Essay - Humanistic and Transpersonal Psychologies Existential-humanistic Psychology Compared with Transpersonal Psychologies...


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Humanistic and Transpersonal Psychologies

Existential-Humanistic Psychology Compared with Transpersonal *****

There are fundamental differences between Existential-Humanistic Psychologies and Transpersonal Psychologies. First of all, the ***** ***** do not agree on basic questi*****s having to do ***** human personality ***** change as a result from *****ir widely different origins. Significantly different programs of application and therapy ***** used by these psychologies. And they do not agree on the final goal for the human psyche. But they do agree on their basic approaches.

***** Transpers*****al Psychologies find their similarities in their approach ***** the body-m*****d relationships and trans*****mation. Essentially they believe that the mind controls the body and if you can put *****r ***** at peace, the body will respond. Based on the work of Carl Jung, who first coined the term "transpers*****al" (uberpersonlich) in the phrase "transpersonal unconscious" which he used as a synonym for his well-known "collective unconscious," it refers to ***** hum*****n condition as essentially healthy and full of potential, ***** as ill ***** diseased (Schneider,2004).

The mind is everything to the Transpersonal psychologies. The ***** ***** just the "crust" covering the transpersonal essence, ***** is, the mind and soul ***** spirit that navigates ***** body through the world. ***** psychotic and unstable are seen as not having developed and achieved object constancy or ego identity, as the normal mind h*****. Yet t*****e "normal" mind st***** has not reached its full po*****ntial and it is believed ***** there are several steps upward from the normal in***** disidentification from one's ***** or personal identity, with recognition of object impermanence or transiency. This stage is typified ***** the states of consciousness obtained by advanced meditators. A further step in development may be obtained when the person realizes the Supreme Identity (i.e., enlightenment or connection with God), and the relative state of normal reality, as ***** in saints ***** mystics. (Cortright, 1997)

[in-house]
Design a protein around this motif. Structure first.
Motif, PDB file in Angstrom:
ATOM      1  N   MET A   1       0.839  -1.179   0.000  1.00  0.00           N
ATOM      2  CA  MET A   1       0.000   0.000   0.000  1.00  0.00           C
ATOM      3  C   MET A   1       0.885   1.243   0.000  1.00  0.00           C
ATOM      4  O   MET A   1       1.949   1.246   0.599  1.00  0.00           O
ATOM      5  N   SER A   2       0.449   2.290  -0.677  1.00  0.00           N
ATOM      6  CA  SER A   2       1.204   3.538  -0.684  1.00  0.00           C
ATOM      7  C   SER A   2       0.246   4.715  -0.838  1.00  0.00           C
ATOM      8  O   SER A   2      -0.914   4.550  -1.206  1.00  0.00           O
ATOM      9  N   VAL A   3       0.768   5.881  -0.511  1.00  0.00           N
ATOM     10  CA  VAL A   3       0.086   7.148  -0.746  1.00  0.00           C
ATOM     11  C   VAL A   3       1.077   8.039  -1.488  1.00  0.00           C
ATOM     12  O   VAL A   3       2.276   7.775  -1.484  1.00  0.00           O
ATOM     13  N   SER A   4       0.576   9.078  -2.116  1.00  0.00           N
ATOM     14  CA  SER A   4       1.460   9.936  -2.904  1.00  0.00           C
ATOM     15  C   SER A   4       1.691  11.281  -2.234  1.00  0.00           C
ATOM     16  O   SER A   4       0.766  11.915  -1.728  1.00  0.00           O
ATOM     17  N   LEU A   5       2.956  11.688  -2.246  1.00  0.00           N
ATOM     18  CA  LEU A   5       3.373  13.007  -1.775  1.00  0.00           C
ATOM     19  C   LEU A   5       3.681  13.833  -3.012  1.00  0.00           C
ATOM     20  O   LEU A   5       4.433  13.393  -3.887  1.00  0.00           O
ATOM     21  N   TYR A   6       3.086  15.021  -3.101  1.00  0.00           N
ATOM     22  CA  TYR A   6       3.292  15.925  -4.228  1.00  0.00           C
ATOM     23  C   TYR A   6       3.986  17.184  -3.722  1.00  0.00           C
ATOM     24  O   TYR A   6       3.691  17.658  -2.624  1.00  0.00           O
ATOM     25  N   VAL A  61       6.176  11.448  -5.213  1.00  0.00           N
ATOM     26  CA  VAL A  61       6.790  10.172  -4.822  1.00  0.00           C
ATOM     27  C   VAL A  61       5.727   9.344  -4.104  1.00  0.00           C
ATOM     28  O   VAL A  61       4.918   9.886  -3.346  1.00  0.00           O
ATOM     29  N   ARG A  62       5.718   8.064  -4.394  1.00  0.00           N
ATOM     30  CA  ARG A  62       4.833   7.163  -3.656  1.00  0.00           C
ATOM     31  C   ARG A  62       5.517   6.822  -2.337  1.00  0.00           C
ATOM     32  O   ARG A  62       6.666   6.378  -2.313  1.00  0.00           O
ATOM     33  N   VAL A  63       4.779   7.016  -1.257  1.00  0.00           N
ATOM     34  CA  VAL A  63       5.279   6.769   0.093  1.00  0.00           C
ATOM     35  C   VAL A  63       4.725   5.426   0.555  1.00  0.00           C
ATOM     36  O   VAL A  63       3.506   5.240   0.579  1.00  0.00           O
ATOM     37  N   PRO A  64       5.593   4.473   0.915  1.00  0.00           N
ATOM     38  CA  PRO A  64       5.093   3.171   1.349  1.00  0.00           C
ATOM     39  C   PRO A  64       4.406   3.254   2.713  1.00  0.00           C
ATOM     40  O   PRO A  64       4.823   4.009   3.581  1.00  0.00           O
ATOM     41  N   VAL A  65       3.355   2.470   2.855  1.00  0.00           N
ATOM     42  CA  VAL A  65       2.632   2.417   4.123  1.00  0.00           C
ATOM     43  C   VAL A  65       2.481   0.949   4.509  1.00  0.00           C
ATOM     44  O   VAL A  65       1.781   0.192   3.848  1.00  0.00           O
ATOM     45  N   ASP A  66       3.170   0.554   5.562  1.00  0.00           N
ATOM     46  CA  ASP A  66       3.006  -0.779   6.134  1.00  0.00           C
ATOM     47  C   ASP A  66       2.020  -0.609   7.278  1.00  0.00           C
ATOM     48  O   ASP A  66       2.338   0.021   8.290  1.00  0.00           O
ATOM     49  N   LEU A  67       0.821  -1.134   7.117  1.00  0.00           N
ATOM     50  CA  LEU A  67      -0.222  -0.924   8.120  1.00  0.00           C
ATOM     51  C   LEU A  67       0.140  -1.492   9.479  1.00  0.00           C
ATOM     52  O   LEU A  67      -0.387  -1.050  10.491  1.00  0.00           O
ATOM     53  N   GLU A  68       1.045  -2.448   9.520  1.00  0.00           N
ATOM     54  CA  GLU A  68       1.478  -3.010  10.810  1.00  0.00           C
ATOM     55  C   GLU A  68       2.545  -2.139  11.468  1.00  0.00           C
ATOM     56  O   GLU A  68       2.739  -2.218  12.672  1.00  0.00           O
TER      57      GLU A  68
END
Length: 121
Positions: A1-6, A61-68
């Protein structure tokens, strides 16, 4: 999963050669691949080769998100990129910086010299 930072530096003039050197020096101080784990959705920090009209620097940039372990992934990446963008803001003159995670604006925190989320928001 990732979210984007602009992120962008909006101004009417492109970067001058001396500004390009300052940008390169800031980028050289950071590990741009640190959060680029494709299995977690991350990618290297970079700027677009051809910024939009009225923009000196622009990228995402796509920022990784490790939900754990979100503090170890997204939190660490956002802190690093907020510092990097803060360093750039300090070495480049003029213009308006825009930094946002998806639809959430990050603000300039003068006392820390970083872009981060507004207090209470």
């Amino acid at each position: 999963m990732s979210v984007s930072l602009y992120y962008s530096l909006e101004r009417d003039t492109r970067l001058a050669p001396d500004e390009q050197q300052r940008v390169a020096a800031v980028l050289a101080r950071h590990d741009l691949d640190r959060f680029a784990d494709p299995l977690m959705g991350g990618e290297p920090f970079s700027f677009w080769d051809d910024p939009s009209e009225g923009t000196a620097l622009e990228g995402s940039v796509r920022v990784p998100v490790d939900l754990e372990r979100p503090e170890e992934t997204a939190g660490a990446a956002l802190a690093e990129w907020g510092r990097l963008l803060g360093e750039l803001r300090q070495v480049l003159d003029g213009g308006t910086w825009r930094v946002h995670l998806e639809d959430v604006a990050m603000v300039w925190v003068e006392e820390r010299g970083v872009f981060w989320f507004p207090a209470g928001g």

Similar to the mystics' Transcendental Meditation," the ***** psycholog*****s study the different states of *****, recognizing certain states in attaining them, such as dreaming, hypnotic trance, "waking" consciousness and all their sub-levels. Transpersonal psychologies believe that there is a mystical experience that becomes permanent, and ***** development of ***** ***** or stations of consciousness, one can come ***** live in superconscious state continually. (Daniels, 2005)

***** offspring of Freud and his successors, Jung, Rank, and Reich. Roberto Assagioli, who believed in a superconscious, *****s well as a subconscious, the therapeutic stream integrated ***** and depth psychology, b*****ed on the beliefs ***** ***** Jung. The transpersonal psychologists like to say ***** ***** ***** be most simply defined as spiritual *****, recognizing that humanity has both drives toward sex and aggression and drives toward wholeness, ***** connecting ***** and experiencing the divine. *****y believe one *****not separate the spiritual and ***** psychological, as the mainstream psychologies have up to this time. Originally, the texts of ancient India, China and Greece did not distinguish between the psyche or spirit and practices associated with religion. ***** in the 18th and 19th centuries *****malized psychology

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